Rather than supply "balance" to the Times' Op-Ed page, he's merely imported the Weekly Standard's editorial agenda wholesale, polluting what was once the print media's best forum for intellectual exchange.

Put it this way: I'm no fan of William Safire, but at least he honestly foregrounds his point of view. He may be a bit off-kilter, but his zealous sincerity lends his work a certain degree of integrity.

Not only are Brooks' rhetorical tactics execrable (did you happen to read today's "The Era of Distortion"?; I learned from reading it that I'm an Anti-Semite for believing that Paul Wolfowitz and Richard Perle hold some influence over U.S. foreign policy), but he seeks so cynically to conceal his soulless agenda behind a specious mask of "moderation", "reason" and "thoughtfulness."

Brooks possesses none of these qualities.

I admit that I depend on the Times for its exemplary news reporting and comment. But as long as Brooks remains a fixture on the Op-Ed page, I owe it to my conscience to stop purchasing and reading the paper altogether.

Thanks for your concern and indulgence.


M. G. Dawkins
Brooklyn, New York

Dawkins follows this up with a letter to 'Babbling' Brooks himself:
Subj: right on today! (and a quick query)
Date: 1/6/04

Dear Mr. Brooks,

I love your work! You -- for me, and so many others -- are a voice of reason in a world of hype, cynicism and disingenuousness.

Your column today, "The Era of Distortion," was right on, but a few passages left me a little confused.

In discussing the word "neocon," you say that "con is short for 'conservative' and neo is short for 'Jewish.'" It seems to me that the point of your column is to decry Anti-Semitism, but in this passage, you appear to be appealing to that same ugly impulse when you label the neoconservatives Jews. Sadly, even in this day and age, using that label to describe someone is effectively a slander.

Why call the neoconservatives Jews? Are the neoconservatives themselves actually Jews? If so, how do you know this? Even if they are, I suppose that would clarify matters, but it still seems untoward to so publicly and bluntly tar them as such.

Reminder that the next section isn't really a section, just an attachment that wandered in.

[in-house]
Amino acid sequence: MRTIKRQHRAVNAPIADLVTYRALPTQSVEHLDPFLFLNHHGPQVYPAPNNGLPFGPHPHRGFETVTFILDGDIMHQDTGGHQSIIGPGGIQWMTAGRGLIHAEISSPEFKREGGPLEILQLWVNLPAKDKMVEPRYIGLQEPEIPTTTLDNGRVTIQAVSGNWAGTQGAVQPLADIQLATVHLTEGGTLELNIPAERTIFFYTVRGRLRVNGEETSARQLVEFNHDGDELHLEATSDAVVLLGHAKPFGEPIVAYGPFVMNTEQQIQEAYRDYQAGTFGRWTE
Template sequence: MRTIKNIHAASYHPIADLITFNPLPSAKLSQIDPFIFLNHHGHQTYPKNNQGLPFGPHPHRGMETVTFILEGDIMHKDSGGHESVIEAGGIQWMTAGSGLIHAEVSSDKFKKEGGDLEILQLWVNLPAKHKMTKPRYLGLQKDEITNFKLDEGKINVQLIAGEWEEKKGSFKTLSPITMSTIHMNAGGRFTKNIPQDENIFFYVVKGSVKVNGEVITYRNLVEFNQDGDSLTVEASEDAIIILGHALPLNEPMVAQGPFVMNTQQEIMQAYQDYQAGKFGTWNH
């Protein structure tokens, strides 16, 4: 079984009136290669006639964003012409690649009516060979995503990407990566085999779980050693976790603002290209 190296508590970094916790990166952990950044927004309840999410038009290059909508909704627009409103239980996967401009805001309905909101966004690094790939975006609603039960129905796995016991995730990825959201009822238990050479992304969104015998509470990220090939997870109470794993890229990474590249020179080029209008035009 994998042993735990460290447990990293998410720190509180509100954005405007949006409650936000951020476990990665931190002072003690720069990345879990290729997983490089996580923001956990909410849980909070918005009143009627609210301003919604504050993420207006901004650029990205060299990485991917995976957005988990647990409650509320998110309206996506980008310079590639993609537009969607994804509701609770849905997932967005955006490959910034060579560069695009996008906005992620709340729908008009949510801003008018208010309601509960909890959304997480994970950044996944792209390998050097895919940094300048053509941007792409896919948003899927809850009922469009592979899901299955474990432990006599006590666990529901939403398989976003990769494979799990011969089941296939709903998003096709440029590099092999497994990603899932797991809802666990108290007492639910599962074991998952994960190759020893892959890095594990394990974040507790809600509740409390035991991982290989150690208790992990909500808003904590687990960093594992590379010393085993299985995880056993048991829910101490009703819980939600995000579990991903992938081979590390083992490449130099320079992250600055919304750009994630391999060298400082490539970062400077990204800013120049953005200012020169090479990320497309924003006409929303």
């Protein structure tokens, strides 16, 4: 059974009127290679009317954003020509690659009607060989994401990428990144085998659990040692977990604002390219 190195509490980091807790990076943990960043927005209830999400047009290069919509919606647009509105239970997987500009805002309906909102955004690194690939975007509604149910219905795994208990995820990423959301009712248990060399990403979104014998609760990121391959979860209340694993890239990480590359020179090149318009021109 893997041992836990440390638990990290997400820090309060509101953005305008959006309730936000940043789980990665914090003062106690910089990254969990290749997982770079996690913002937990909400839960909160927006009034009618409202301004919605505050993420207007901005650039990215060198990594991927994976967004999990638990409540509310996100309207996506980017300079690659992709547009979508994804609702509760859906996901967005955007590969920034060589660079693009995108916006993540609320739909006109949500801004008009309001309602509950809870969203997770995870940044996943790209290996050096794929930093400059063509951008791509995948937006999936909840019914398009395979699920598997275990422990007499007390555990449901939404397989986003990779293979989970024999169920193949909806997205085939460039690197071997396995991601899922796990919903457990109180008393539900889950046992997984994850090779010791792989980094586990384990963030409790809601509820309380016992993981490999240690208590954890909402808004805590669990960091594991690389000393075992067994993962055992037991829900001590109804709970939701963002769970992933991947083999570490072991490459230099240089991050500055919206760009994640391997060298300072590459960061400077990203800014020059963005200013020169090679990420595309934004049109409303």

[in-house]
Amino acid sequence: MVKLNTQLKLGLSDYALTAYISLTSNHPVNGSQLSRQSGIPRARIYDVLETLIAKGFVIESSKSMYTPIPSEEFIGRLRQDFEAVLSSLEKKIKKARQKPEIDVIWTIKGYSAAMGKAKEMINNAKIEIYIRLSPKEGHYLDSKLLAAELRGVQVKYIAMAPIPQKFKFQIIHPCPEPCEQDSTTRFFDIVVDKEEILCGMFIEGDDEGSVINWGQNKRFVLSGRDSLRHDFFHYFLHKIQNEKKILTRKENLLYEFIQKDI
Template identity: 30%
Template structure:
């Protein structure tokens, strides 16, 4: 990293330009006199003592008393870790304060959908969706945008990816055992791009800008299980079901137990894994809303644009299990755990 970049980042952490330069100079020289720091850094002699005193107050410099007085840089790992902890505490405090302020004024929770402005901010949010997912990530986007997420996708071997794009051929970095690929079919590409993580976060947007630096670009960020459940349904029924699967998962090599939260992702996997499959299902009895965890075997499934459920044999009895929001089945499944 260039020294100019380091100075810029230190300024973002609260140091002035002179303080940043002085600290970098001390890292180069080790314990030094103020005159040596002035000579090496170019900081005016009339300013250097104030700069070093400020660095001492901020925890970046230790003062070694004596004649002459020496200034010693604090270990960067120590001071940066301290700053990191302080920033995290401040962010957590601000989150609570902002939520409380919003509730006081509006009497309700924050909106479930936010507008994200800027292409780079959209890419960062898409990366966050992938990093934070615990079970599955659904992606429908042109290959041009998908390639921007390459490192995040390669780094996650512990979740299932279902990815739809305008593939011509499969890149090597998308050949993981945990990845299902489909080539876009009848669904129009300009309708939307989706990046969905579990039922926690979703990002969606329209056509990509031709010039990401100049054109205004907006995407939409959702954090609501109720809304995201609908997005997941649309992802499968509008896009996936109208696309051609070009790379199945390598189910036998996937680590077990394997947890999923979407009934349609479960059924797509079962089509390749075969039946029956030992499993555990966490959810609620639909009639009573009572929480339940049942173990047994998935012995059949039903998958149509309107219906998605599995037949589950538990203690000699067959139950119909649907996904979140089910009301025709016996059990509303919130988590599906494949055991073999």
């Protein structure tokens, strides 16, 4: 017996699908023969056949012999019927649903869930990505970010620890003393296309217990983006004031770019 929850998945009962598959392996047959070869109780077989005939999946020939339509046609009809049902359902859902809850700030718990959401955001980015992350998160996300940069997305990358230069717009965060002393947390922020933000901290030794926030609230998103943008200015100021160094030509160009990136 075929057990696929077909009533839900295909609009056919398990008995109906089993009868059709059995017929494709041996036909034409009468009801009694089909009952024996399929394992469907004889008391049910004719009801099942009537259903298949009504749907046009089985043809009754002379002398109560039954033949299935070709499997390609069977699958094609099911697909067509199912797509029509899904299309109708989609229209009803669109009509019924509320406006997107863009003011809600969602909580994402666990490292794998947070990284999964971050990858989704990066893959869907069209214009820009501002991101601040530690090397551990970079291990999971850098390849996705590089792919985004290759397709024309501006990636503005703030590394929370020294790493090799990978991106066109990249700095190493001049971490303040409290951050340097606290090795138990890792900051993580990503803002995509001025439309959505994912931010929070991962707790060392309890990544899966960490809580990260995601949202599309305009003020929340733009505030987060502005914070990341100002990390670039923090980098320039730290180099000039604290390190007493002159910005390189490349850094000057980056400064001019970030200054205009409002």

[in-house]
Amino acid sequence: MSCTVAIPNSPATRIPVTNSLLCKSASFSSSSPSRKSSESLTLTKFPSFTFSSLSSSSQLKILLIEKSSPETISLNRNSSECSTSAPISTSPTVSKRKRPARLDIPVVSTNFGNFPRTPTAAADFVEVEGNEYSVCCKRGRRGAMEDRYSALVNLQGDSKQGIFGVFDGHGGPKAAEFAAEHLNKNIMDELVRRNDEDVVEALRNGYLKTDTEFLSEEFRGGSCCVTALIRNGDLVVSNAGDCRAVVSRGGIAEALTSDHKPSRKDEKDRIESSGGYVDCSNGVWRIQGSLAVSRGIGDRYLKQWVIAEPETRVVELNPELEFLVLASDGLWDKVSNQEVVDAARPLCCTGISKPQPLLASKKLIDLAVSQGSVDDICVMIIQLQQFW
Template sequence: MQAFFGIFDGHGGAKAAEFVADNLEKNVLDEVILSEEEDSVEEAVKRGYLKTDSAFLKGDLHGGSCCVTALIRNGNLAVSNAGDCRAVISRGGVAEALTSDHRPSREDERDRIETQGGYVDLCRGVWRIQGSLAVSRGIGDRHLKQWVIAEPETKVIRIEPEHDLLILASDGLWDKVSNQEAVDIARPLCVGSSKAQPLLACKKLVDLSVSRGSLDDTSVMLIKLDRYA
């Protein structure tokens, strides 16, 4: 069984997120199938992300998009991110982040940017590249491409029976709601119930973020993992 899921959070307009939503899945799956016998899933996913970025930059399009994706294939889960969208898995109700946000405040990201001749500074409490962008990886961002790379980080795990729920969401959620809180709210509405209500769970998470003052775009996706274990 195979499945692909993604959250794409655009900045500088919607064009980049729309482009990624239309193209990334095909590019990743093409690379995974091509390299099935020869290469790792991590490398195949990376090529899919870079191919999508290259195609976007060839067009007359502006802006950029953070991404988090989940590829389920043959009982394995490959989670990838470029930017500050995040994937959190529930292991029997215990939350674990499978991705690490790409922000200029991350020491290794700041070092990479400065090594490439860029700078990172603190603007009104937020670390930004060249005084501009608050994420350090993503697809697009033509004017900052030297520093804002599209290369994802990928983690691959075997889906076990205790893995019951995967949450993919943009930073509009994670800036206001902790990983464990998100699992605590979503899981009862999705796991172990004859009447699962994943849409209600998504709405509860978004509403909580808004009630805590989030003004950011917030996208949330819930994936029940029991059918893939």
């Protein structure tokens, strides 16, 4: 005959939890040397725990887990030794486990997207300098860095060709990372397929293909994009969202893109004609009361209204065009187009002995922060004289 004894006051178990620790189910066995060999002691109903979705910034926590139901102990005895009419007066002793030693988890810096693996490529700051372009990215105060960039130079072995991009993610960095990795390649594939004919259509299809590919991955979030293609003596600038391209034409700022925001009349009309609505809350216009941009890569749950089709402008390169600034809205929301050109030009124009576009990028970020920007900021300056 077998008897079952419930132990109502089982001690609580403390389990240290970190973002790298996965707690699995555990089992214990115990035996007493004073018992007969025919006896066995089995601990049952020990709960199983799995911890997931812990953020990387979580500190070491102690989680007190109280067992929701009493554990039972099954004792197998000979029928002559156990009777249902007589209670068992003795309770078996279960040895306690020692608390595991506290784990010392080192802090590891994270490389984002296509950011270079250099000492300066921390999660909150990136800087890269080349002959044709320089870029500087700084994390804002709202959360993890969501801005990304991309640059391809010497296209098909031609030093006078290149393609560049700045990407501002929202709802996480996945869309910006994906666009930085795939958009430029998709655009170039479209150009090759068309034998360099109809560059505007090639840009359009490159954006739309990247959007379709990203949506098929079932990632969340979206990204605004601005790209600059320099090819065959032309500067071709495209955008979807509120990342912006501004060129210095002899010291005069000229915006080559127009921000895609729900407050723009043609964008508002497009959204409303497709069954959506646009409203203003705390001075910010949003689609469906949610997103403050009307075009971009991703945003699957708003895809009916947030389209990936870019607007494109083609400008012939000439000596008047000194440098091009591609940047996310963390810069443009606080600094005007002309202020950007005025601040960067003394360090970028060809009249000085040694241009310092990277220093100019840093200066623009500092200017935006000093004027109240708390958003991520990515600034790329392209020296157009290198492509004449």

I'm sure you meant well, and I look forward to your continued trenchant commentary. In the meantime, as a loyal reader, I would greatly appreciate your care and attention in helping me to understand your point.

Sincerely, and best regards,

[A reader]
Staten Island, New York
[Editorial note: Dawkins doesn't really live in Staten Island. I think that is an example of his sarcasm.]

Brooks thoughtfully responds:
Subj: Note
Date: 1/6/04 10:45:05 PM Eastern Standard Time
From: dabrooks@nytimes.com

Dear friend,

Thanks very much for sending a response to my column, positive or negative. I'm afraid I can't respond to each message. My editors would wonder why I have no time to write for the paper.

But I do read every e-mail, and I frequently learn from them.

So, again, thanks,

David Brooks
Hopefully Brooks continues to 'learn' from his readers!

Vote Label/Cliche in ’04  

From Matt Taibbi in the New York Press:
There was a remarkable sea change in the presidential election campaign last week. The biggest news, little noted in the newspapers, was the unofficial coronation of Howard Dean as the Democratic nominee by none other than George Bush himself.

In a fundraising e-mail sent out to would-be supporters, Bush for the first time made what appeared to be a specific characterization of his eventual opponent.

"Whoever wins the nomination will have done so by energizing their party’s left wing with angry attacks," Bush "expressed" in the e-mail.

It was clear that Bush was referring to Dean in this statement, because for quite some time now, "angry" has been the unofficial code word for Dean in the mass media. The evolution of the use of this word has been, to me, the biggest story of the election so far. It was a kind of shadow nomination process, in which the winning caricature was elected in convention.
Full story.